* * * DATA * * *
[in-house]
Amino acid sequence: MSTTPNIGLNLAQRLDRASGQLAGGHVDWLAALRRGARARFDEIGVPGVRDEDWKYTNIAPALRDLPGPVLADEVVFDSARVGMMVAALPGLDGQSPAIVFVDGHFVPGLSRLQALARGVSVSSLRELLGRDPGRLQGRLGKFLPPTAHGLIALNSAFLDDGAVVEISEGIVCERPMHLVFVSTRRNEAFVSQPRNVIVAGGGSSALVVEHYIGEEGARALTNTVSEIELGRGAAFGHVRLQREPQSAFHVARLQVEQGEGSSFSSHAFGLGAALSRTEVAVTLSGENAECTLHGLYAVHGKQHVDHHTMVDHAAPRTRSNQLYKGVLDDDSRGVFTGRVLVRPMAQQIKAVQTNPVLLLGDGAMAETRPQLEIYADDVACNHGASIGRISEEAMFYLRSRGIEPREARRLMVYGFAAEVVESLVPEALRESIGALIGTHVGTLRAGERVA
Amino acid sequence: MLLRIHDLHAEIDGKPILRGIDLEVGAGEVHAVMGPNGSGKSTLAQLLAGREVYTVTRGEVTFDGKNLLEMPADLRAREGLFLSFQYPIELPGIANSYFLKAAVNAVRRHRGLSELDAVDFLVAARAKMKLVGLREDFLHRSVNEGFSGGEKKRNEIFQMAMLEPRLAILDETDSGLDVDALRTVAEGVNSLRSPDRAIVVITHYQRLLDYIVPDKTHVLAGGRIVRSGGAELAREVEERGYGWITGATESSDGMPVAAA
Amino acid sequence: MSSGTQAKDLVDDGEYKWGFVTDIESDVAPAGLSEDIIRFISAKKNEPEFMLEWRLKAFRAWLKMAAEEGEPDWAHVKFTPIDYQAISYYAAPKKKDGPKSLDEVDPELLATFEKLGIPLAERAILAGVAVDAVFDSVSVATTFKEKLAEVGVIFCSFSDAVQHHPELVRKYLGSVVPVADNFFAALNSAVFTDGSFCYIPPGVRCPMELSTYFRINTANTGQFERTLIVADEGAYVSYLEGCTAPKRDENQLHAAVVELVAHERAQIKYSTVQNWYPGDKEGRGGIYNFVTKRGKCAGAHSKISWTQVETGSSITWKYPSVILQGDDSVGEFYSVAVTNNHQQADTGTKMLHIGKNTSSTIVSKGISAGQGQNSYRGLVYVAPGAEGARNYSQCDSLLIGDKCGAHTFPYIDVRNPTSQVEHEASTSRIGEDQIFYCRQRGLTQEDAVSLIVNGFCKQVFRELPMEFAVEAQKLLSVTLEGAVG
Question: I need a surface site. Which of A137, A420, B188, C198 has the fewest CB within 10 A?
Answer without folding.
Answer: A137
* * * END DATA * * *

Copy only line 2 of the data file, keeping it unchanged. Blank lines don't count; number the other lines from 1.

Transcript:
Amino acid sequence: MSTTPNIGLNLAQRLDRASGQLAGGHVDWLAALRRGARARFDEIGVPGVRDEDWKYTNIAPALRDLPGPVLADEVVFDSARVGMMVAALPGLDGQSPAIVFVDGHFVPGLSRLQALARGVSVSSLRELLGRDPGRLQGRLGKFLPPTAHGLIALNSAFLDDGAVVEISEGIVCERPMHLVFVSTRRNEAFVSQPRNVIVAGGGSSALVVEHYIGEEGARALTNTVSEIELGRGAAFGHVRLQREPQSAFHVARLQVEQGEGSSFSSHAFGLGAALSRTEVAVTLSGENAECTLHGLYAVHGKQHVDHHTMVDHAAPRTRSNQLYKGVLDDDSRGVFTGRVLVRPMAQQIKAVQTNPVLLLGDGAMAETRPQLEIYADDVACNHGASIGRISEEAMFYLRSRGIEPREARRLMVYGFAAEVVESLVPEALRESIGALIGTHVGTLRAGERVA